When Tim Berne played Philadelphia in 2009, the opening act was Matt Mitchell, a then-obscure pianist who blew Berne away by performing an entire set of the saxophonist’s compositions for solo piano. Soon after that gig, Berne enlisted Mitchell for his band Snakeoil, a confident ensemble that has allowed Berne’s writing to become increasingly elliptical and combustible.
But Førage is almost nothing like Snakeoil, or any other Berne project. As in 2009, only with seven years of direct intimacy added, Mitchell is, as Berne puts it, “foraging through my music to find the pieces that felt best for exploring solo. … This is Matt’s vision seen through the prism of my compositions.” Responding to Berne’s love of his harmonic balladry, Mitchell slows down and opens up many of these pieces into lush mosaics, after having woodshedded on Bach and Chopin. There is an incisive, unpretentious grandeur here, especially on the longer songs, such as “Aas” and “Cloude,” that could be embraced as much by classical music fans as by Berne aficionados. But jazz gets its due too, both in the macro sense of an improvisatory melding of Berne and Mitchell, and in touchstones such as the abrupt, Monk-ian declamations in the intro to “Traces,” or the two-handed tension Mitchell builds on “Cerbs.”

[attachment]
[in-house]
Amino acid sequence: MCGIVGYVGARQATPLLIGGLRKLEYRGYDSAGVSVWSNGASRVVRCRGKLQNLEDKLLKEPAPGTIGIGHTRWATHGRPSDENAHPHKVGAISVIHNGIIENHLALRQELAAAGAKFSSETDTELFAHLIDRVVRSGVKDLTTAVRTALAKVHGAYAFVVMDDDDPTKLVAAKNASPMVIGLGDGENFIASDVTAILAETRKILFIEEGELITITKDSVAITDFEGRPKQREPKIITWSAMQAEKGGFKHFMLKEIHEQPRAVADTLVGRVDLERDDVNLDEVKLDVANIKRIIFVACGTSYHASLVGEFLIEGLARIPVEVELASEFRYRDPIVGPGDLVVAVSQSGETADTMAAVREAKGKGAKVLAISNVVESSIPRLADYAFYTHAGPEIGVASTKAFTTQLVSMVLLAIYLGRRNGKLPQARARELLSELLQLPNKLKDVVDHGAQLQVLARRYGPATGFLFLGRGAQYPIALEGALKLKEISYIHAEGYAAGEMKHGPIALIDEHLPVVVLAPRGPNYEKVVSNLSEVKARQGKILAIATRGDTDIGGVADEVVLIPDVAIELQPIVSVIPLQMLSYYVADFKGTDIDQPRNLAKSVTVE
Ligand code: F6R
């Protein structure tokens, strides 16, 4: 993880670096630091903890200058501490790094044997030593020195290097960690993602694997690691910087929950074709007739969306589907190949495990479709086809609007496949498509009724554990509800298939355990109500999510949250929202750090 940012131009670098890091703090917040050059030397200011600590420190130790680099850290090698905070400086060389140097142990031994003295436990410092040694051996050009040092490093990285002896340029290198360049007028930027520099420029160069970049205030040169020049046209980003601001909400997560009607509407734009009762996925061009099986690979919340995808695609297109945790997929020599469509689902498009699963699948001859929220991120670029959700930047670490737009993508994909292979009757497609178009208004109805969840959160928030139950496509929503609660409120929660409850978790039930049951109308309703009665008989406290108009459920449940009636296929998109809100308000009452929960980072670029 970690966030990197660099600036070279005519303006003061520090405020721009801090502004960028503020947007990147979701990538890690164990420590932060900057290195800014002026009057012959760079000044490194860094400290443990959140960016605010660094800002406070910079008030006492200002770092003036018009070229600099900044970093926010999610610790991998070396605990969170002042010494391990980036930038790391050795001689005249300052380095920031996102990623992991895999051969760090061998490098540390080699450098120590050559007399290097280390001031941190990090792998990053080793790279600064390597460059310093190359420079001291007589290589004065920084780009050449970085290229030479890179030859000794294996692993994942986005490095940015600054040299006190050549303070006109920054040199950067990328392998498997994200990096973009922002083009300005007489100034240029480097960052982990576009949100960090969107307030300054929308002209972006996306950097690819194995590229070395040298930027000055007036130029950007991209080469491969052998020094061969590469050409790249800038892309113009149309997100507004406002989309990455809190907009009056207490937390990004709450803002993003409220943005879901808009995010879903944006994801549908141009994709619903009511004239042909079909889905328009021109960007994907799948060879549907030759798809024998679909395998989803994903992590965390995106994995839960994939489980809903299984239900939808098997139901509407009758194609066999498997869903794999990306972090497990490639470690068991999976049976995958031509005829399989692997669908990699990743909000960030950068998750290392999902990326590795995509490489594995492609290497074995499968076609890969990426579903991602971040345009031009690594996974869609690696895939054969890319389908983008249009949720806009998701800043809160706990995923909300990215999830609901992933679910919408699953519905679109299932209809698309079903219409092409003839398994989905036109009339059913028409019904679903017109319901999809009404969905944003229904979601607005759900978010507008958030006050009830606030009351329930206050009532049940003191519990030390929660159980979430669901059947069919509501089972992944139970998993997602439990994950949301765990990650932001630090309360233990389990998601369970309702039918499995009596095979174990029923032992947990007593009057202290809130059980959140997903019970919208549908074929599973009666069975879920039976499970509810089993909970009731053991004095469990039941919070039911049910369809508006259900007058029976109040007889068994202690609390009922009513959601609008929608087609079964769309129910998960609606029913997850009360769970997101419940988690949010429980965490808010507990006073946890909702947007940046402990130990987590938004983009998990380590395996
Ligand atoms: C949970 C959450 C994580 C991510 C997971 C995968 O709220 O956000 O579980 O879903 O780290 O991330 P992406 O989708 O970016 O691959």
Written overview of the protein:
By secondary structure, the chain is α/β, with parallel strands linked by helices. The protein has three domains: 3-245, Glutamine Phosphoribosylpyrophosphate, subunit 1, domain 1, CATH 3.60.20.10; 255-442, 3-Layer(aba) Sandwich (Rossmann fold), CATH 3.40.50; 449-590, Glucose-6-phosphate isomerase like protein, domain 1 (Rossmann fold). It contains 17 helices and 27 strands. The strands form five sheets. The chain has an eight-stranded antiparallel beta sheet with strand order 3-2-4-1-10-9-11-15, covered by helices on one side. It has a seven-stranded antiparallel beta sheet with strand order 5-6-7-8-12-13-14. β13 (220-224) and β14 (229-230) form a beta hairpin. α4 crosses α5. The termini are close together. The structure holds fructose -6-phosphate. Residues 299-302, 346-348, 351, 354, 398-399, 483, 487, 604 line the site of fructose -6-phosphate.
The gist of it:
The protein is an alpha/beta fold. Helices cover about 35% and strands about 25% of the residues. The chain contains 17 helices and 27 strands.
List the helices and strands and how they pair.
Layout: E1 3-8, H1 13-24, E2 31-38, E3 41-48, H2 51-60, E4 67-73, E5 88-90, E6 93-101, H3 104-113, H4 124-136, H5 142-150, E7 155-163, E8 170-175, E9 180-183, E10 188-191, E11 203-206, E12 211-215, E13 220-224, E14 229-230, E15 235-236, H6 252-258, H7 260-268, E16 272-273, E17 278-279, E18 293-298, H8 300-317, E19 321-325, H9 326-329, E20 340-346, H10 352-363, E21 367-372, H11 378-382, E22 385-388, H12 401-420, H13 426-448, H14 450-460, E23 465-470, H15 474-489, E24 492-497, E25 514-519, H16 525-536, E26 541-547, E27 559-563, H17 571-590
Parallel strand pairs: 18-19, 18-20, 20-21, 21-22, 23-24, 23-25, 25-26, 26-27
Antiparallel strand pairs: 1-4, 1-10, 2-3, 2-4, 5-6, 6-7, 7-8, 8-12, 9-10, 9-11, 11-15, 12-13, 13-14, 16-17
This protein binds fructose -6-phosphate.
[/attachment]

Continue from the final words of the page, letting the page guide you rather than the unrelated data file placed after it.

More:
Good luck to those chasing the DNA of these seven prismatic delicacies. “Cloude” intersects “Spare Parts” from the first Snakeoil album with “Thin Ice” from The Shell Game and adds Mitchell’s owns transitions and improvisational dressing. But as a diehard Berne fan, learning that from the production notes doesn’t materially add or subtract from my appreciation of the majestic whole. More relevant and penetrating is Berne’s profound endorsement of this uncharacteristically sublime endeavor. To best disseminate this music, Berne utilized his Screwgun label and called upon such longtime associates as producer David Torn and visual artist Stephen Byram. But make no mistake: This is a creative love affair between Berne and Mitchell, inspiring idiosyncratic, genuinely collaborative music that feels heaven-sent.